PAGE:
Summary of Gardeners Not Mechanics

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Gardeners Not Mechanics book summary

Editorial Rating

8

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Recommendation

Change consultant Gary Lloyd points out that gardeners cannot predict or control their environments. They must balance art and science, proceed through trial and error, then nourish and support their crop. Leaders seeking to effect change in their organizations face similarly unpredictable and interdependent environments they can only influence, not control. The author describes the strategic planning, preparing, planting, pruning, weeding, staking and watering leaders must perform to drive sustained change.

About the Author

Gary Lloyd is an international organizational change consultant and coach. Most of his career was spent in banking and financial markets. He currently serves on the Warwick Business Schools Executive Coaching Panel.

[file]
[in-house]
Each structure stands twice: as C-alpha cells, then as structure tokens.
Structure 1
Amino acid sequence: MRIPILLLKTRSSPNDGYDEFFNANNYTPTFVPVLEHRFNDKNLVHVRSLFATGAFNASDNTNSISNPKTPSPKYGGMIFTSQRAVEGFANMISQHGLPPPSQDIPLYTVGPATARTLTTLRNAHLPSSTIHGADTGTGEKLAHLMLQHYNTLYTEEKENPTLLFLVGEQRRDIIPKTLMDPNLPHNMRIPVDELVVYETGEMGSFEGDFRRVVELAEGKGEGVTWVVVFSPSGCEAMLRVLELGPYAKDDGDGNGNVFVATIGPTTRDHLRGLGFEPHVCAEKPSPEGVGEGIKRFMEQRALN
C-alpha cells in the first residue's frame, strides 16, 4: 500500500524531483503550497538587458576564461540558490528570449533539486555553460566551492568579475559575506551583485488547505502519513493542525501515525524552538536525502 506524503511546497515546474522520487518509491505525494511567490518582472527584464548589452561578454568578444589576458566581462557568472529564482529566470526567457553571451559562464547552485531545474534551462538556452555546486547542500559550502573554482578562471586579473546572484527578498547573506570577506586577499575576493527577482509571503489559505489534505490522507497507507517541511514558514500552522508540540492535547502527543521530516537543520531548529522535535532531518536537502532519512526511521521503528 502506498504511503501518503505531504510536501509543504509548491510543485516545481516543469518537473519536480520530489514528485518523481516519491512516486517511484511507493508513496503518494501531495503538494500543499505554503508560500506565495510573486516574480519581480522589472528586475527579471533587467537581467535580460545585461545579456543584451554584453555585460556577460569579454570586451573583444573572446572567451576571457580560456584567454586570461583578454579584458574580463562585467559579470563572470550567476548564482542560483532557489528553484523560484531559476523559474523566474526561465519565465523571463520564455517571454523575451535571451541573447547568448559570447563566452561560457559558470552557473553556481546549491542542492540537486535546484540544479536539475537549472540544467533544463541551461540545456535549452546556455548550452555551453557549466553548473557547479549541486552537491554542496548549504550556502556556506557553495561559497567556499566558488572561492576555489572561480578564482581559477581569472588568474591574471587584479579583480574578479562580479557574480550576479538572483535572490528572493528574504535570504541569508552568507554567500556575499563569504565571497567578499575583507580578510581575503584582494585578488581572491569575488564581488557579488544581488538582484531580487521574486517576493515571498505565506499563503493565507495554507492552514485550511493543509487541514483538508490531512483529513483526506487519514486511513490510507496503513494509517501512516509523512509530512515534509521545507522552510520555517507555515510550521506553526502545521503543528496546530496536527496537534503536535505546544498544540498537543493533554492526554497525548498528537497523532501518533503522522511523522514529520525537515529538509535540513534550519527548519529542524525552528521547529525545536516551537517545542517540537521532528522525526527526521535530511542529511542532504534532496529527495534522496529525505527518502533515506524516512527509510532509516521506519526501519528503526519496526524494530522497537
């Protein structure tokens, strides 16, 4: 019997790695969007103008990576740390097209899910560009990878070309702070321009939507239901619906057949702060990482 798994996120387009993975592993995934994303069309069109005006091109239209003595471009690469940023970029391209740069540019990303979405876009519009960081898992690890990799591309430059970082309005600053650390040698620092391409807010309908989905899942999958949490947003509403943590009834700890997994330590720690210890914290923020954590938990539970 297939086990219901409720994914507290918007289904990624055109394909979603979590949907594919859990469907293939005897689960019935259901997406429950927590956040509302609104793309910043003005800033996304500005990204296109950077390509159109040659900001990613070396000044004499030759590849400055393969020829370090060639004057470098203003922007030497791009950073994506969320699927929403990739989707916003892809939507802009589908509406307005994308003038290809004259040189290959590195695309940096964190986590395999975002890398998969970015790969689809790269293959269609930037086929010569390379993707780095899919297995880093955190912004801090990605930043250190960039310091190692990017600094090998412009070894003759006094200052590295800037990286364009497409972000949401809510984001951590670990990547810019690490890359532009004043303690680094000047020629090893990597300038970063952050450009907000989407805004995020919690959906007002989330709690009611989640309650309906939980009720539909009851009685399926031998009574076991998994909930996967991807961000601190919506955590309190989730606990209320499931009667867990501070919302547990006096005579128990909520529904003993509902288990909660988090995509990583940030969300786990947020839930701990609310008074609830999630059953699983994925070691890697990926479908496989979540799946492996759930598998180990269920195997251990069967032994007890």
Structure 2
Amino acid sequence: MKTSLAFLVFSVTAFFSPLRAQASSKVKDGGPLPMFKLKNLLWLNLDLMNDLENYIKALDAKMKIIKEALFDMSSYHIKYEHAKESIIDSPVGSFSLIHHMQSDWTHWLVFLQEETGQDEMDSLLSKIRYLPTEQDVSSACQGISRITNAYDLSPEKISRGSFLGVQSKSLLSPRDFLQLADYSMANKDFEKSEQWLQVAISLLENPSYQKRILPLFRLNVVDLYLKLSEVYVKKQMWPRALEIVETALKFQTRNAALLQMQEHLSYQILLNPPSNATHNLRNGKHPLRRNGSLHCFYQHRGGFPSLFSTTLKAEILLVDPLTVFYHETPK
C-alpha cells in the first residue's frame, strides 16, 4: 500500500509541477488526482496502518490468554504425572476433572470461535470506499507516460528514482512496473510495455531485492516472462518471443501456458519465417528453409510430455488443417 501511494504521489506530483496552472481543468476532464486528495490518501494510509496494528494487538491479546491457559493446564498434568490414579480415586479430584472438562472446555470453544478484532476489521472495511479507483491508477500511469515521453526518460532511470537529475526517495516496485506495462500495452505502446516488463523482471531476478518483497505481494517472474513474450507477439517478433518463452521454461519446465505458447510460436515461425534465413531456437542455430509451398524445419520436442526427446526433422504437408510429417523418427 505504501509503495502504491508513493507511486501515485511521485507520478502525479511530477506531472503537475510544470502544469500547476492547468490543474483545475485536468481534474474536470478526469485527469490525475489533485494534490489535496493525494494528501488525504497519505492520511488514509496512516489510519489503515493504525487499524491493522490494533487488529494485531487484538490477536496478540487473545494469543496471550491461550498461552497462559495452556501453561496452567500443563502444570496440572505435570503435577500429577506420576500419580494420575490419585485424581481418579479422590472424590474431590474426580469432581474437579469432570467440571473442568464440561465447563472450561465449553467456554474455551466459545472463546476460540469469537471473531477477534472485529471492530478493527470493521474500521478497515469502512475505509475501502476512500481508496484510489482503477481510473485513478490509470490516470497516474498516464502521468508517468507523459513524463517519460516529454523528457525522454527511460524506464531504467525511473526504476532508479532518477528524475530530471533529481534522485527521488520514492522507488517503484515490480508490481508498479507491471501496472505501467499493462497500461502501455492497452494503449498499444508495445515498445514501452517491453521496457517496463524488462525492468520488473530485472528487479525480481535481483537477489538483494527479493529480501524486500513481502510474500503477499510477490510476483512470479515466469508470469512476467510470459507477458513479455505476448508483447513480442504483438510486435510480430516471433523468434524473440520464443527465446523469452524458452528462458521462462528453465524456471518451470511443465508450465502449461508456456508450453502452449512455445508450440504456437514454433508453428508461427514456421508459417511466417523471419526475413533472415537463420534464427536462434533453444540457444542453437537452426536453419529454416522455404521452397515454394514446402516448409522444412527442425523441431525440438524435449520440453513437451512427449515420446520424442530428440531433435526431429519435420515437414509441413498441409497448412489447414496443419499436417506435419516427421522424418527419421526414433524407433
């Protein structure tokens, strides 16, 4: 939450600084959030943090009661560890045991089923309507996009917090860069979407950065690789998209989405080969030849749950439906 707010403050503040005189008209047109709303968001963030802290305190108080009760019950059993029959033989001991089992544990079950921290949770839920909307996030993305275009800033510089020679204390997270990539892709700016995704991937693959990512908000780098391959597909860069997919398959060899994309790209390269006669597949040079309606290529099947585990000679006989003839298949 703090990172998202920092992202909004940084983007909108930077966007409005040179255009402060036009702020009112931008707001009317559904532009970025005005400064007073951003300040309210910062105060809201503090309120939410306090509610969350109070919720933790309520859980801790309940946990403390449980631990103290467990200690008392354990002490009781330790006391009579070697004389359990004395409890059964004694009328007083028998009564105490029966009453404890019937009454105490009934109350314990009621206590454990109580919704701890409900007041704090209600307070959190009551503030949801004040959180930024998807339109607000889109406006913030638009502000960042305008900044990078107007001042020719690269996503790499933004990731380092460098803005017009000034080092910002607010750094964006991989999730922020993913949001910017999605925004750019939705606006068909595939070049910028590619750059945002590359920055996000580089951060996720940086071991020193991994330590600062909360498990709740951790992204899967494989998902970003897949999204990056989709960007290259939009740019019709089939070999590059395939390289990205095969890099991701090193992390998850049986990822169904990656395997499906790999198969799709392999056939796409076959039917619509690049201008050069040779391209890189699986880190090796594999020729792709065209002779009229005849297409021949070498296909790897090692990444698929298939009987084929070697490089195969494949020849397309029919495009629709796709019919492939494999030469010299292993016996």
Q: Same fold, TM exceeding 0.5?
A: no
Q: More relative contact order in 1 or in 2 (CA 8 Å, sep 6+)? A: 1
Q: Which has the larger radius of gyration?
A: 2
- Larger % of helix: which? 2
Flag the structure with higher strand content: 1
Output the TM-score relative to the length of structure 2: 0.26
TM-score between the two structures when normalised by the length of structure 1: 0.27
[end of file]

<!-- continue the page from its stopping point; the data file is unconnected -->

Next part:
Summary

Organizations must change and adapt to remain in business.

Change efforts often erode quickly as people and organizational cultures revert to their previous ways, both affected by a built-in resistance to change.Change campaigns succeed or fail on a sliding scale, delivering some value in most cases but achieving less than 70% of expected value three-quarters of the time.

Too often, leaders approach organizational change as if they’re fixing a machine. Change the input, tweak the gears, test it, adjust and bingo – the desired output sparks to life and motors ahead. This method may work on machines because they operate in predictable environments, like cars on paved roads or a train on a track. However, it seldom works on people or corporate cultures.

Like a gardener in a yard, accept three things about the environment of your corporate change: unpredictability, interdependencies and your “limits of control.”

Organizations and people – like plants in a garden – live in a constantly changing environment. Businesses and the workplace are unpredictable. Standard or replicable processes and practices can’t generate continued...


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